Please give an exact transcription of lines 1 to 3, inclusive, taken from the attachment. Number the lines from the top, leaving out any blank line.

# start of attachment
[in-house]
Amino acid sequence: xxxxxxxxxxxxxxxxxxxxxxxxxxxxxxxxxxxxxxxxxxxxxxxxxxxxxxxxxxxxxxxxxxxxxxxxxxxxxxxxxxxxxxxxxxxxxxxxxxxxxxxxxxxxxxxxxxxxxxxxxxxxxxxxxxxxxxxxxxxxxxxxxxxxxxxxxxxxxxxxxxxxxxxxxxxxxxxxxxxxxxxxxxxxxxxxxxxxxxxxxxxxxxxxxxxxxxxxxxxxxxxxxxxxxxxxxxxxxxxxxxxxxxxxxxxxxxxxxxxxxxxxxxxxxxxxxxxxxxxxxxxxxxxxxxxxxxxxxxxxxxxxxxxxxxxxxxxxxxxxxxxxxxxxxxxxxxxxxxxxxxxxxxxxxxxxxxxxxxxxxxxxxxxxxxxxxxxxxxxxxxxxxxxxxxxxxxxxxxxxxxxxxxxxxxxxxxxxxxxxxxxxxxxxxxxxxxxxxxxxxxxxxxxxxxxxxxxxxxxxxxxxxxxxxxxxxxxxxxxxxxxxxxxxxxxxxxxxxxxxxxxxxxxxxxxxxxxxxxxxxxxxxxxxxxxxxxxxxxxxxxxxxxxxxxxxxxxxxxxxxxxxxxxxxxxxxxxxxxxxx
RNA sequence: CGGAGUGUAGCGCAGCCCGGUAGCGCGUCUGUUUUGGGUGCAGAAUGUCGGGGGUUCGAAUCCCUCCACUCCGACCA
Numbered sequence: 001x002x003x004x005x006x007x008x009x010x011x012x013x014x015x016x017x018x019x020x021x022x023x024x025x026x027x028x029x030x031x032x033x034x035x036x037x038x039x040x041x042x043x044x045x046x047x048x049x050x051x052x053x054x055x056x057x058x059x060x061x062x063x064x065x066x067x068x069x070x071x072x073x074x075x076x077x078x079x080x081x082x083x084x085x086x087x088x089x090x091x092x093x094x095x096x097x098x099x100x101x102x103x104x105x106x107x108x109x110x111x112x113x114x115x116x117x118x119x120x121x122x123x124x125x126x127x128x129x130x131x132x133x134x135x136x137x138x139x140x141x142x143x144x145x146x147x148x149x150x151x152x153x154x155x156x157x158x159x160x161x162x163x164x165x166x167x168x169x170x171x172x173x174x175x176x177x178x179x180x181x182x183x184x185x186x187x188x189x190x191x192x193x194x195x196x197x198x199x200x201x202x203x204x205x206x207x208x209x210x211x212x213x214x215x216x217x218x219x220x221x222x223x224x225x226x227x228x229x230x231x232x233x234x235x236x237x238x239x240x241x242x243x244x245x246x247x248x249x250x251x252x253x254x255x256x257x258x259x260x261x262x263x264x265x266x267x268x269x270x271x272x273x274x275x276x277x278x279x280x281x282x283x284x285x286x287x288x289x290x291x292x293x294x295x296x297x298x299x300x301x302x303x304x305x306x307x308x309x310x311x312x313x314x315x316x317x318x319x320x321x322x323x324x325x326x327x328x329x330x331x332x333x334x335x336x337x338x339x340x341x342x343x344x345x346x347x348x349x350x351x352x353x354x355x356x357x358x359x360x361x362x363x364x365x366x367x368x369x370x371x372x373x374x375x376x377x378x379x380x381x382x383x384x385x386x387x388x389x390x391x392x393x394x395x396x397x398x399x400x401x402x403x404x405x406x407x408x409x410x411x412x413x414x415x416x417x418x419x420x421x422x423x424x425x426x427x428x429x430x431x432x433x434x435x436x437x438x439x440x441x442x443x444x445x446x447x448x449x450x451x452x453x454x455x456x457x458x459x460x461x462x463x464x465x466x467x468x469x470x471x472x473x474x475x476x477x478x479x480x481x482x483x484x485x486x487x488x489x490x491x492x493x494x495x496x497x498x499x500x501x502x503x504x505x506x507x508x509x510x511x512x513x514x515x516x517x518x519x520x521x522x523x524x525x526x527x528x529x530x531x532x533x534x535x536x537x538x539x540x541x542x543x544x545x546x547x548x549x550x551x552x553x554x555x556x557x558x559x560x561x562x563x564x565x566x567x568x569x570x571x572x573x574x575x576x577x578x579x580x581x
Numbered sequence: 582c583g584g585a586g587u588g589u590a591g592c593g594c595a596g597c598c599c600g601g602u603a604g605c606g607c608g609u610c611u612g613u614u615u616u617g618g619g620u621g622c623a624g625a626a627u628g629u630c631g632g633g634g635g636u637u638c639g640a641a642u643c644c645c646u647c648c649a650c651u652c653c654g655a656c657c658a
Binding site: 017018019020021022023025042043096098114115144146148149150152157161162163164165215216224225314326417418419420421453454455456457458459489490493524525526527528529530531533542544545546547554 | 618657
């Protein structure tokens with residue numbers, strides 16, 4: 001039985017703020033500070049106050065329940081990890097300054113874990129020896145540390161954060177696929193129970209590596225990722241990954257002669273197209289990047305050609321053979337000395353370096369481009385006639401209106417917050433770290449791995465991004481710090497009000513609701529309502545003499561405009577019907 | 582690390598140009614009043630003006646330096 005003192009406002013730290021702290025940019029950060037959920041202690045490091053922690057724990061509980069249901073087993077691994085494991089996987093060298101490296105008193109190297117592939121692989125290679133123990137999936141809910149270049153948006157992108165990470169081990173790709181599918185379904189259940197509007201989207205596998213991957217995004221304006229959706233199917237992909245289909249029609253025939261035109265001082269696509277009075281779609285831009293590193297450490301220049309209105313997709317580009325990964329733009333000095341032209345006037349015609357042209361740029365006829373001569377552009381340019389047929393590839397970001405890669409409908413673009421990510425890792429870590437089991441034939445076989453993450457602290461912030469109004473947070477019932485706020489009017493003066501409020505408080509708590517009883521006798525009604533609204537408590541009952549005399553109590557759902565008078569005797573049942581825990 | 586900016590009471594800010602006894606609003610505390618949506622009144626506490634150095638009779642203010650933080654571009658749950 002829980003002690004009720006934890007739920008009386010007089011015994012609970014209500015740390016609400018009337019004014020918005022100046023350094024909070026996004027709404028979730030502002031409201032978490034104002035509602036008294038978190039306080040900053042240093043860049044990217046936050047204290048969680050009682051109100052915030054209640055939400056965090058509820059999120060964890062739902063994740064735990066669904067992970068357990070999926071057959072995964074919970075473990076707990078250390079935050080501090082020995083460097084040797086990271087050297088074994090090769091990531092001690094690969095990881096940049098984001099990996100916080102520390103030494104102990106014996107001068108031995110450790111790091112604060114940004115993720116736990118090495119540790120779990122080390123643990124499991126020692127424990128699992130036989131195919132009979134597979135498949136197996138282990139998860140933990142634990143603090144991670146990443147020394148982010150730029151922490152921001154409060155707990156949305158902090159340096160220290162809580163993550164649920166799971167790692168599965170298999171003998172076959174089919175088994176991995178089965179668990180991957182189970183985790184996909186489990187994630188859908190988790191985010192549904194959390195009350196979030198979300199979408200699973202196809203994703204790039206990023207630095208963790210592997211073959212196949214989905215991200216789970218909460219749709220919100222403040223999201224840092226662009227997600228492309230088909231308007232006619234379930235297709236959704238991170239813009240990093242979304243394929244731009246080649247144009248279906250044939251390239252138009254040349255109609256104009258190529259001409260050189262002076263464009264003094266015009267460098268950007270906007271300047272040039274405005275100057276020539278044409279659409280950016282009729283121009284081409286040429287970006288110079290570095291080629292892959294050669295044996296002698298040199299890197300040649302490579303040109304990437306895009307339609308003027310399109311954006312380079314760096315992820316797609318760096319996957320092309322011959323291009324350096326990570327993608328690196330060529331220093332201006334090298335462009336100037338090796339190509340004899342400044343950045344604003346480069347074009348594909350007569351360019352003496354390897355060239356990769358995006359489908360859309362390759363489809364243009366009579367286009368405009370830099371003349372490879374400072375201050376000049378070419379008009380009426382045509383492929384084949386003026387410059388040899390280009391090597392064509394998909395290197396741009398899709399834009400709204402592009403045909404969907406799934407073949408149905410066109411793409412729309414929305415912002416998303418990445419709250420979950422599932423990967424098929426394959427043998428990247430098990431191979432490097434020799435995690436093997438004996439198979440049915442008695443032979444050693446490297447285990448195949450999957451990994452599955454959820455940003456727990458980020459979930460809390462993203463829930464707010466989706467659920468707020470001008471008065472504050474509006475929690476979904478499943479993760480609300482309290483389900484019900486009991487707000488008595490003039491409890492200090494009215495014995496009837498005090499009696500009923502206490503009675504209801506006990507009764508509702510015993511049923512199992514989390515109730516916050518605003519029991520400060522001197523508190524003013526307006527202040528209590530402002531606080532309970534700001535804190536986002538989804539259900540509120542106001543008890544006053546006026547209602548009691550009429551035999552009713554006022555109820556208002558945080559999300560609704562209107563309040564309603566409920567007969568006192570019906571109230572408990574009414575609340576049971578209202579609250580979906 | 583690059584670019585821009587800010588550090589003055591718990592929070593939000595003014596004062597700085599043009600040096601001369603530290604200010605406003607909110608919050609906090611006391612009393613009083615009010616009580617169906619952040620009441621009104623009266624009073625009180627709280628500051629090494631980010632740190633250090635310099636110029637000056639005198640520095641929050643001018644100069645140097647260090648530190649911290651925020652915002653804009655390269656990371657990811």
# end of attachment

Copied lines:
[in-house]
Amino acid sequence: xxxxxxxxxxxxxxxxxxxxxxxxxxxxxxxxxxxxxxxxxxxxxxxxxxxxxxxxxxxxxxxxxxxxxxxxxxxxxxxxxxxxxxxxxxxxxxxxxxxxxxxxxxxxxxxxxxxxxxxxxxxxxxxxxxxxxxxxxxxxxxxxxxxxxxxxxxxxxxxxxxxxxxxxxxxxxxxxxxxxxxxxxxxxxxxxxxxxxxxxxxxxxxxxxxxxxxxxxxxxxxxxxxxxxxxxxxxxxxxxxxxxxxxxxxxxxxxxxxxxxxxxxxxxxxxxxxxxxxxxxxxxxxxxxxxxxxxxxxxxxxxxxxxxxxxxxxxxxxxxxxxxxxxxxxxxxxxxxxxxxxxxxxxxxxxxxxxxxxxxxxxxxxxxxxxxxxxxxxxxxxxxxxxxxxxxxxxxxxxxxxxxxxxxxxxxxxxxxxxxxxxxxxxxxxxxxxxxxxxxxxxxxxxxxxxxxxxxxxxxxxxxxxxxxxxxxxxxxxxxxxxxxxxxxxxxxxxxxxxxxxxxxxxxxxxxxxxxxxxxxxxxxxxxxxxxxxxxxxxxxxxxxxxxxxxxxxxxxxxxxxxxxxxxxxxxxxxxxxxxx
RNA sequence: CGGAGUGUAGCGCAGCCCGGUAGCGCGUCUGUUUUGGGUGCAGAAUGUCGGGGGUUCGAAUCCCUCCACUCCGACCA